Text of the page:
God Is Not Great: How Religion Poisons Everything Click the title
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by Christopher Hitchens
Twelve Books, Hachette Book Group
It’s an image that could make the most hardened cynic smile: a miniature Christopher Hitchens, fair-haired and apple-cheeked, trotting across a meadow in ankle-strap sandals. It’s a gentle season in a gentle era. Britain has won the war, the ruins have been repaired—the Dartmoor ponies are grazing, the grass is lush and verdant. Nine-year-old Christopher is excelling at school and has a special fondness for Bible studies. By all appearances, God’s in his heaven, all’s right with the world.
On this particular outing, Christopher’s religion instructor, a kindly old widow, is using the natural surroundings to demonstrate God’s love for humankind. In His infinite kindness, she explains, He made the grass green, a color that would please and soothe the human eye. “I simply knew,” Hitchens would later write, “almost as if I had privileged access to a higher authority, that my teacher had managed to get everything wrong in just two sentences.” In the green fields of England, an atheist is born.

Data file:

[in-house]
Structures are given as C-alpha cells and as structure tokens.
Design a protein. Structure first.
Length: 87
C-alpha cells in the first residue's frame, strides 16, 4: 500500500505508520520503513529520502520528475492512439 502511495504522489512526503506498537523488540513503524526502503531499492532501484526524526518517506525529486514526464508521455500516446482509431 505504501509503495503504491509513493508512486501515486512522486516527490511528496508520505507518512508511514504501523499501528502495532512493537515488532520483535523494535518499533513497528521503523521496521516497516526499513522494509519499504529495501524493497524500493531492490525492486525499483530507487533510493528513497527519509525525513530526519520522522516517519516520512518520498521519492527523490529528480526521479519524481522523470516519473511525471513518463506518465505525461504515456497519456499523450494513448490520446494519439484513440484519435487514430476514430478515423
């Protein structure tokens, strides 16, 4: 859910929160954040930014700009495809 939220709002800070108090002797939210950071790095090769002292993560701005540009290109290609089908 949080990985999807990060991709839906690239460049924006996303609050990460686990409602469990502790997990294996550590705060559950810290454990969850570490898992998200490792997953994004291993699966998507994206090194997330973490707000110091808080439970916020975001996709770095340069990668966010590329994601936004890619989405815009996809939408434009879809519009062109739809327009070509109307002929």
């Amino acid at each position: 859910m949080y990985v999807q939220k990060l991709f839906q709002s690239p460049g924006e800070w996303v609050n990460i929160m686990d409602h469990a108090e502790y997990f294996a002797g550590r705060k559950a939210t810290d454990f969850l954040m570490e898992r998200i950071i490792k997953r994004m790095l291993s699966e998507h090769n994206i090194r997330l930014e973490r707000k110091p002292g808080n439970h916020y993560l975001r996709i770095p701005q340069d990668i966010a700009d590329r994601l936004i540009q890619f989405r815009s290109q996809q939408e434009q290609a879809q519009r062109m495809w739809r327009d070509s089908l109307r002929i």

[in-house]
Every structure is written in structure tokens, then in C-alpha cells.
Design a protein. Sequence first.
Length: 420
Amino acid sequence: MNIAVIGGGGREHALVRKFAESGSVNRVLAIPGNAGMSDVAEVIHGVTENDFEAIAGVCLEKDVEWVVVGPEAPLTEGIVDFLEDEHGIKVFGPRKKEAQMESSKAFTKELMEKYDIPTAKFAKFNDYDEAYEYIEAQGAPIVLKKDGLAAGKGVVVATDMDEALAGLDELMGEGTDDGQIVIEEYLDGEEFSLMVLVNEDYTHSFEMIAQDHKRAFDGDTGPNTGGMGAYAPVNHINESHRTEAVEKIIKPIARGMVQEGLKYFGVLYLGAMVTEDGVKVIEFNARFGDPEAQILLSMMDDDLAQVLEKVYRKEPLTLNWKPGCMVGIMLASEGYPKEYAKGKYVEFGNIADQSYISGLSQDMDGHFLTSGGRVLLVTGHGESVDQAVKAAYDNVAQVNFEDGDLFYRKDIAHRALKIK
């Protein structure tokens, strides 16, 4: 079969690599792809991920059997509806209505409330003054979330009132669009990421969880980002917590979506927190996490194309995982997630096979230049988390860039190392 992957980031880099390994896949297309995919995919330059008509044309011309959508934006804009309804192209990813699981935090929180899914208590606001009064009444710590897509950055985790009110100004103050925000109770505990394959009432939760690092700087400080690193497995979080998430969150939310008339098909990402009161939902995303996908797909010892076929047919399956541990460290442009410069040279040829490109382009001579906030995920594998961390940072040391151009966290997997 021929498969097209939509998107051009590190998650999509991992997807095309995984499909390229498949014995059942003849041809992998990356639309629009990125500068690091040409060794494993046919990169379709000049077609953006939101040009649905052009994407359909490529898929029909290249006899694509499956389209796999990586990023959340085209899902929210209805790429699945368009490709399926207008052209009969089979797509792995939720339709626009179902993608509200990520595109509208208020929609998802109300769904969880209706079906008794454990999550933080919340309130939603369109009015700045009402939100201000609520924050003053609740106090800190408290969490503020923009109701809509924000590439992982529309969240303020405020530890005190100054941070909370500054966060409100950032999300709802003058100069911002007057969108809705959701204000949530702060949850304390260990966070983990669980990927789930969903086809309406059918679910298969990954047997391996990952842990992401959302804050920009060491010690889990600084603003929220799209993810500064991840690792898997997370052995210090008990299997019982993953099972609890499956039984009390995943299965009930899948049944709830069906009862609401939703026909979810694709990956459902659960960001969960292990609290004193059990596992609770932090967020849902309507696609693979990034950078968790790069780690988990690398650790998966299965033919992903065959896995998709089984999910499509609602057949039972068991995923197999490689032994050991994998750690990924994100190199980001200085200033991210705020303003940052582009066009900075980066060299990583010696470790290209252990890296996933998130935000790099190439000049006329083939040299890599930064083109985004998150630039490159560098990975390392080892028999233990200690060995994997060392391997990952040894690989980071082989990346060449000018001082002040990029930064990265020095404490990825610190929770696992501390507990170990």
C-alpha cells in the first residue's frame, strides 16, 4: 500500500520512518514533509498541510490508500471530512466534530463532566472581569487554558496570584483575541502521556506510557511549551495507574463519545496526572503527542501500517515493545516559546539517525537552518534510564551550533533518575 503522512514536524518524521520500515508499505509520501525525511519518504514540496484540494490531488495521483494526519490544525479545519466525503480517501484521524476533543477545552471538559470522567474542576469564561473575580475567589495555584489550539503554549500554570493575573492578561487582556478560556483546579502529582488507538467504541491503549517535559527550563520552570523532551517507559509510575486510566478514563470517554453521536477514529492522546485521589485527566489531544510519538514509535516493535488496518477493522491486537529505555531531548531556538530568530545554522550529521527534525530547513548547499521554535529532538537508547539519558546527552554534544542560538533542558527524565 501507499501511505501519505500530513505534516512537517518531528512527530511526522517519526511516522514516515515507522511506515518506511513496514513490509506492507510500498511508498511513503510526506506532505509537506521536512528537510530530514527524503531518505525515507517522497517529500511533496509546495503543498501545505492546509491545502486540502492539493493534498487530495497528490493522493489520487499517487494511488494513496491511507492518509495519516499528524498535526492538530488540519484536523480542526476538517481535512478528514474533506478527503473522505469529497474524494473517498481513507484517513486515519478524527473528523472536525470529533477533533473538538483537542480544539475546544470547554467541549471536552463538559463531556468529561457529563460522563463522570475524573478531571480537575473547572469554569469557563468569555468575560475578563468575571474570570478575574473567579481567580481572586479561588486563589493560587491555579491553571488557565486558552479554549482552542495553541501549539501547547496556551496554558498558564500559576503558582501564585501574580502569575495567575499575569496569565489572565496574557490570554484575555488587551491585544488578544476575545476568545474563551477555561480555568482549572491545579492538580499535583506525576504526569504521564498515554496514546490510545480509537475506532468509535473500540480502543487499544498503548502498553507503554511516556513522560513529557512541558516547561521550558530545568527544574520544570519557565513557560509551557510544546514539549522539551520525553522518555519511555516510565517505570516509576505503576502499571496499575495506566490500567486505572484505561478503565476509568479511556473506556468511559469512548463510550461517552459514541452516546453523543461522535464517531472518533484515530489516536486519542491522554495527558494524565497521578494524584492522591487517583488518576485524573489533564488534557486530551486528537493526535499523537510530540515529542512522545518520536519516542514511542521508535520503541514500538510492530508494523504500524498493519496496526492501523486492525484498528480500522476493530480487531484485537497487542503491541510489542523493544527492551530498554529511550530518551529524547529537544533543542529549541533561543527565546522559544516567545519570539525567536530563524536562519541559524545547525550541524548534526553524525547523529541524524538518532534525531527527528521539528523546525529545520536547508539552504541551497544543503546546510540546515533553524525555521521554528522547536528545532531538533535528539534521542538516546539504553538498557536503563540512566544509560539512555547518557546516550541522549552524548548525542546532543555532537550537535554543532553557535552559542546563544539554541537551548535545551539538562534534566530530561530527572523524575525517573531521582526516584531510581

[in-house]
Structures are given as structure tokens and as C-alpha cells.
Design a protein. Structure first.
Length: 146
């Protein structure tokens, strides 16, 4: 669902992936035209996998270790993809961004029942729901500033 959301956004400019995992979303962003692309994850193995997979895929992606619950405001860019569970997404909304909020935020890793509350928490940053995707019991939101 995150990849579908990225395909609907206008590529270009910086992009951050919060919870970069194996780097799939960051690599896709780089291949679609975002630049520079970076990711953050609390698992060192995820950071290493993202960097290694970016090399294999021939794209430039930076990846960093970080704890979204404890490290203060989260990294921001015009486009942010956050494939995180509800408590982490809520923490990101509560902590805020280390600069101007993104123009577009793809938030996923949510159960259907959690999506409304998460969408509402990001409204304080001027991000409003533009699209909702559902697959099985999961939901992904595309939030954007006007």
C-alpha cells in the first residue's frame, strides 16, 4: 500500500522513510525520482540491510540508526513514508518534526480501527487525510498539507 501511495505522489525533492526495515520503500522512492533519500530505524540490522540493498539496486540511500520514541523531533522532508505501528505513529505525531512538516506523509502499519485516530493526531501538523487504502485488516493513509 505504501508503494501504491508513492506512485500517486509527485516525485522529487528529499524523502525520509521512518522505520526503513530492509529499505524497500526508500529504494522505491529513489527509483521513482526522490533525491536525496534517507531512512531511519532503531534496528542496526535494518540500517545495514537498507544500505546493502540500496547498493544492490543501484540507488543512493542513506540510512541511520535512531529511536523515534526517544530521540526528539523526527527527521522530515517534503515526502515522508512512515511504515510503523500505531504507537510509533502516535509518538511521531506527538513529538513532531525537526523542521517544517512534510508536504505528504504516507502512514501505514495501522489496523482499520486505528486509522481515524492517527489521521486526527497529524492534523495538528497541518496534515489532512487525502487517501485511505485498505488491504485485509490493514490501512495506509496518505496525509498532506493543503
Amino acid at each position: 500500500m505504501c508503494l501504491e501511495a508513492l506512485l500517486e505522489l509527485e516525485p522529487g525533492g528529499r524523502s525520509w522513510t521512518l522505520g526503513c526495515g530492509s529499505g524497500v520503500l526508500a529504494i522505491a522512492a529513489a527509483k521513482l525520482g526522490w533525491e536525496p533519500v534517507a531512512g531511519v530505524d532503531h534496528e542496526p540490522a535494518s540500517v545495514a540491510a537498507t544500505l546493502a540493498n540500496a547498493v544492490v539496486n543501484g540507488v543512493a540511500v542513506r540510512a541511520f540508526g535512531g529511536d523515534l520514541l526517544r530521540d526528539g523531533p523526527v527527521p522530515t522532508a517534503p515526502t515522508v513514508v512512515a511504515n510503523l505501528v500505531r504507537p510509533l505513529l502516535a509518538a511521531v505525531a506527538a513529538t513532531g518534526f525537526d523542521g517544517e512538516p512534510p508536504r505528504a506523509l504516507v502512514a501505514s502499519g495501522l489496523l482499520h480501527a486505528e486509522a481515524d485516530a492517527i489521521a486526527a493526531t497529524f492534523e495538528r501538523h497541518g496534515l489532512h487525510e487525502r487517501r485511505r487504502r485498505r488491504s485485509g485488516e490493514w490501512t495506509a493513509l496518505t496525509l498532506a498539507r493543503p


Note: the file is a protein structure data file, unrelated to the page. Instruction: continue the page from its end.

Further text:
Fast-forward half a century, and the child skeptic has grown up to be a formidable iconoclast. With his razor-sharp wit and blatant disregard for all things sacred, Hitchens seems, as one L.A. Weekly writer put it, “capable of pissing into your grandmother’s fish tank.” Some would deem this an understatement. In 2003, Hitchens met with a Vatican panel in an effort to stop a certain Nobel Prize–winning nun from achieving sainthood. During a recent appearance at the New York Public Library, his very first utterance was a comment on Mother Teresa’s beatification: “The old bitch got it anyway.”